Norway union boss calls for new oil fund head to resign

The leader of Norway's biggest private sector trade union has called for the scandal-hit incoming head of the country's 10tn kroner oil fund to resign before he even takes up his position.

Norway union boss calls for new oil fund head to resign
Jørn Eggum, head of The United Federation of Trade Unions, believed Tangen cannot take his place. Photo:John Trygve Tollefsen/Fellesforbundet
Jørn Eggum, head of The United Federation of Trade Unions, told the VG newspaper that he believed billionaire fund manager Nicolai Tangen could not take up his place, after recent revelations over a luxury trip he arranged. 
“The person in control of the nation's money bag must have the confidence of the Norwegian people. And Nicolai Tangen doesn't have it,” he told the VG newspaper. 
“Tangen's judgement around this luxury tour shows quite clearly that he's not the right man to manage the welfare and pensions of future generations.”  
A scandal has blown up around Tangen after a report in VG showed that before he was appointed as the fund's future manager, he flew the fund's outgoing head Yngve Slyngstad to the US on a luxury jet, together with a government minister and Norway's attorney general, for a three-day private conference. 
After, the trip, he then emailed Slyngstad asking as “a little favour”, for him to brief him on the oil fund job. 
Tangen told VG he had no intention of not taking up his position. 
“I am insisting that I have done anything wrong and I look forward to having the true facts of the matter put in the correct light,” he wrote in an email to VG. 
“We are working to get an overview of the cost of the event and will share this with the public as soon as it is clear, probably tomorrow morning,” he added. 
The supervisory board of Norges Bank, which administers the oil fund, yesterday announced it would hold an extraordinary meeting on Wednesday to discuss the process through which Tangen was appointed, and to examine whether the luxury trip could have impacted the decision. 
The bank has already agreed to refund the cost of Slyngstad's three-day visit to the “Back to University” seminar Tangen arranged at his Alma Mater, the Wharton business school in Philadelphia. 
The minister who attended, Torbjørn Røe Isaksen, has admitted that he made a mistake, while Norway's ambassador to the UN, Mona Juul, who also attended, has apologised, while her department has agreed to pay the cost.  
“When some of the country's foremost peoples must, despite the humiliation, admit to having messed up, and say they regret it, Tangen cannot just stay put and say that he thinks he has done nothing wrong,” Eggum said. 
He called for the bank's supervisory board to resolve to dismiss Tangen if he does not agree to resign. 
“I strongly believe that Norges Bank's Supervisory Board will make the right assessment,” he said. “A bank of the people must be led by someone who has met ordinary people.”

Member comments

Log in here to leave a comment.
Become a Member to leave a comment.


Norway oil fund loses 18 billion euros in first half of 2020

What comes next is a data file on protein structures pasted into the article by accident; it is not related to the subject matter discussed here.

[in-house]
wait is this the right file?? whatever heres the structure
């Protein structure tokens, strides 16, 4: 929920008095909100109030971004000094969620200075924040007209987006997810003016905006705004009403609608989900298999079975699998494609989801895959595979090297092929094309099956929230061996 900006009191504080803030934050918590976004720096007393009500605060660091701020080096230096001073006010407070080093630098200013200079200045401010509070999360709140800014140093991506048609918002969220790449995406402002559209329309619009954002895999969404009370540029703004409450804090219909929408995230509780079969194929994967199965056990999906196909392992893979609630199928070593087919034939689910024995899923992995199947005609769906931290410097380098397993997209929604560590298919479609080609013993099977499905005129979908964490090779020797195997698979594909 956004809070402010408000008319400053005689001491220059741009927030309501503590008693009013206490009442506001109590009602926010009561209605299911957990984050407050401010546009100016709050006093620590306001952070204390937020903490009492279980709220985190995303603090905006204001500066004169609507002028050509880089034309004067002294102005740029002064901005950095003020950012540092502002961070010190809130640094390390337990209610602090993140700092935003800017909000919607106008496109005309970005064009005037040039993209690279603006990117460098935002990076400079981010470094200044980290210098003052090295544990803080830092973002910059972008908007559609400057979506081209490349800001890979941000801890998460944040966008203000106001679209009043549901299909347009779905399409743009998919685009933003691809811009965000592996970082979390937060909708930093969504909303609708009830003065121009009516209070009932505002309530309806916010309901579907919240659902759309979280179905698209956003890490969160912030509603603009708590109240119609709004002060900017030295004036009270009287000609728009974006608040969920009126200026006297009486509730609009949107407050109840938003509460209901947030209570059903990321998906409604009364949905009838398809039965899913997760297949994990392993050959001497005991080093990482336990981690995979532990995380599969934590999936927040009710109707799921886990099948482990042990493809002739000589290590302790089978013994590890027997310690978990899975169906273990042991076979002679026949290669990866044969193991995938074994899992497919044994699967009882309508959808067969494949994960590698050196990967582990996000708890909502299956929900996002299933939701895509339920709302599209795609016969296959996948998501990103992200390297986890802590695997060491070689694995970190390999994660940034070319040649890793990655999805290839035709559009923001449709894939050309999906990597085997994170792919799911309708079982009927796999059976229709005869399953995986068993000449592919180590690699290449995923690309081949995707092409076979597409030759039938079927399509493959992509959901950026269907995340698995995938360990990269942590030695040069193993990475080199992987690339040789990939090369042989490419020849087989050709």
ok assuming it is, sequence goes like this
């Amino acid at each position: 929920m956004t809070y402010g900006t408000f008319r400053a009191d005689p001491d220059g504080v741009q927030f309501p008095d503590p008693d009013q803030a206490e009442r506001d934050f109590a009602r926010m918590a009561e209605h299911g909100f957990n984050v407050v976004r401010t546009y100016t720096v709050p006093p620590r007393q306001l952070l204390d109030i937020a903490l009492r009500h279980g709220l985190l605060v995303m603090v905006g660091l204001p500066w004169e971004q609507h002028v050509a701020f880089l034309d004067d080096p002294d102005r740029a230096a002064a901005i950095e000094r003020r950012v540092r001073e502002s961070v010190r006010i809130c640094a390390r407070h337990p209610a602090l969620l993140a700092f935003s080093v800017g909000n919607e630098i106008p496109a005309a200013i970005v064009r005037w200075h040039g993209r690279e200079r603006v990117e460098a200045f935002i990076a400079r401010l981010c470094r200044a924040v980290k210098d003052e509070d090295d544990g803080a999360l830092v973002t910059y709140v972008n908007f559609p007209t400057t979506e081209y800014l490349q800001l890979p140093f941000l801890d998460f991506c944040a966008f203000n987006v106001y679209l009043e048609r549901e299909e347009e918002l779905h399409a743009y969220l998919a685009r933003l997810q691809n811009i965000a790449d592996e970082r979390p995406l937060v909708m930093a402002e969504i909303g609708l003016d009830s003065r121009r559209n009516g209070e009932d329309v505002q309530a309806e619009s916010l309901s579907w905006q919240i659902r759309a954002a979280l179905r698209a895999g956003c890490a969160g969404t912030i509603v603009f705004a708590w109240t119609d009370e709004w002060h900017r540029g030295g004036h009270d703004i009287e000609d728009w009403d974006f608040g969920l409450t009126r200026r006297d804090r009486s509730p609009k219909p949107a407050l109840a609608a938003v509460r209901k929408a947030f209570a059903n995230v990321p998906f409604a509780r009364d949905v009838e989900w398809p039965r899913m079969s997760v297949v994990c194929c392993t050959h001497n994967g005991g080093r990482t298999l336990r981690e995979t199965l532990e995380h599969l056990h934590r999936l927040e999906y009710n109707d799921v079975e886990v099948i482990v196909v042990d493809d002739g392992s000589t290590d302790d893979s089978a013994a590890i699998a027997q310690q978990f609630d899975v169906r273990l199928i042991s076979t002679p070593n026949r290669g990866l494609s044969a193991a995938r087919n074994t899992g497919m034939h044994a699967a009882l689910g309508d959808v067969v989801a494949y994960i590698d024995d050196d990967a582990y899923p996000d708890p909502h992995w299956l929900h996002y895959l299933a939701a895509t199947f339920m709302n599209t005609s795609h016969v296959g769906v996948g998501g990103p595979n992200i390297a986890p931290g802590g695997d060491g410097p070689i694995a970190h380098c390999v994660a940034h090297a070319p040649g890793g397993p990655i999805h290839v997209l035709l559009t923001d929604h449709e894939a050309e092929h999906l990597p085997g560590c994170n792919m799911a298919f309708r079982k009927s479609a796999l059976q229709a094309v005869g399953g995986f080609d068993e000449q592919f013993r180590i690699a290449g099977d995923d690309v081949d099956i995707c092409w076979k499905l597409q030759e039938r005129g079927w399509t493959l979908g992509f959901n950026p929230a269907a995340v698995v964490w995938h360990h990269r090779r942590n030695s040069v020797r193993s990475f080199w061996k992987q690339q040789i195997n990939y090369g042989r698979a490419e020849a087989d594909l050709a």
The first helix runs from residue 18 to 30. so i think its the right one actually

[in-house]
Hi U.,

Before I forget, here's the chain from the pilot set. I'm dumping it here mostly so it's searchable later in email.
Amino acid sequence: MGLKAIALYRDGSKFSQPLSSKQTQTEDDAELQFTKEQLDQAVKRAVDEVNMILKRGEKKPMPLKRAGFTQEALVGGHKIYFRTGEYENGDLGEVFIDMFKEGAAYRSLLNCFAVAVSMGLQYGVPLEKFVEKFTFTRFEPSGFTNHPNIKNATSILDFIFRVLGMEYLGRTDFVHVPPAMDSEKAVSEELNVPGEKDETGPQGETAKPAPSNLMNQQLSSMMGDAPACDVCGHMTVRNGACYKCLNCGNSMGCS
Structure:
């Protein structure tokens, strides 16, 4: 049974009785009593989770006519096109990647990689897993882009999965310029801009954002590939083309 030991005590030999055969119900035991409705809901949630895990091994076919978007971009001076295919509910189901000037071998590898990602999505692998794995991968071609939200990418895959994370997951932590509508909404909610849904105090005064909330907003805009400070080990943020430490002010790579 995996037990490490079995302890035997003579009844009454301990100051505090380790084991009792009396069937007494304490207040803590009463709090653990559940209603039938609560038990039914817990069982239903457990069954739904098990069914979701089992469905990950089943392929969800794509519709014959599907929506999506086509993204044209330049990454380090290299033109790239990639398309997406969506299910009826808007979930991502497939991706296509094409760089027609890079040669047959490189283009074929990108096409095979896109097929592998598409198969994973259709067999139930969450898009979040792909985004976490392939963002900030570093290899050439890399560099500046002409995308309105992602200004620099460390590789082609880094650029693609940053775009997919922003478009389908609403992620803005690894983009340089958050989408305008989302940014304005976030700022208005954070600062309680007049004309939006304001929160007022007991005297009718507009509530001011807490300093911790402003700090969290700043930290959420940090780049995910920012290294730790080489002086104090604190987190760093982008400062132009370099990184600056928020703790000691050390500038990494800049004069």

Norway's huge sovereign wealth fund, the world's biggest, lost 188 billion kroner (18 billion euros, $21 billion) in the first half of the year as the global economy reels from the Covid-19 pandemic, the central bank said Tuesday.

Norway oil fund loses 18 billion euros in first half of 2020
Unusually empty slopes and ski lifts in Hemsedal in April. Photo: AFP

The fund, in which the Norwegian state's oil revenues are invested, was hit by plummeting share prices, with stocks accounting for 69.6 percent of its investments.

Its share portfolio posted a negative return of 6.8 percent in the first six months of the year.

At the end of June, the fund was valued at 10.4 trillion kroner (989 billion euros), up from the 9.98 trillion kroner seen at the end of the first quarter.

“The year started with optimism, but the outlook of the equity market quickly turned when the coronavirus started to spread globally,” the fund's deputy chief executive, Trond Grande, said in a statement.

“However, the sharp stock market decline of the first quarter was limited by a massive monetary and financial policy response,” he added.

Real estate investments, which represent 2.8 percent of the portfolio, also posted a negative return, of 1.6 percent, while bond investments, which account for 27.6 percent of assets, posted a gain of 5.1 percent.

“Even though markets recovered well in the second quarter, we are still witnessing considerable uncertainty,” Grande said.

The fund is meanwhile still mired in controversy over the appointment of a new chief executive.

Nicolai Tangen, a billionaire who founded the AKO Capital hedge fund in London, is due to take over the fund on September 1st, replacing Yngve Slyngstad who is retiring.

But critics have complained about Tangen's possible conflicts of interest, as well as his use of tax havens.

The central bank has meanwhile been criticised for irregularities in the recruitment process.

As a result, some major political parties are opposed to Tangen's appointment, and it remains up in the air.

READ ALSO: Norway's oil fund loses 1.3 trillion kroner ($125bn) in coronavirus crash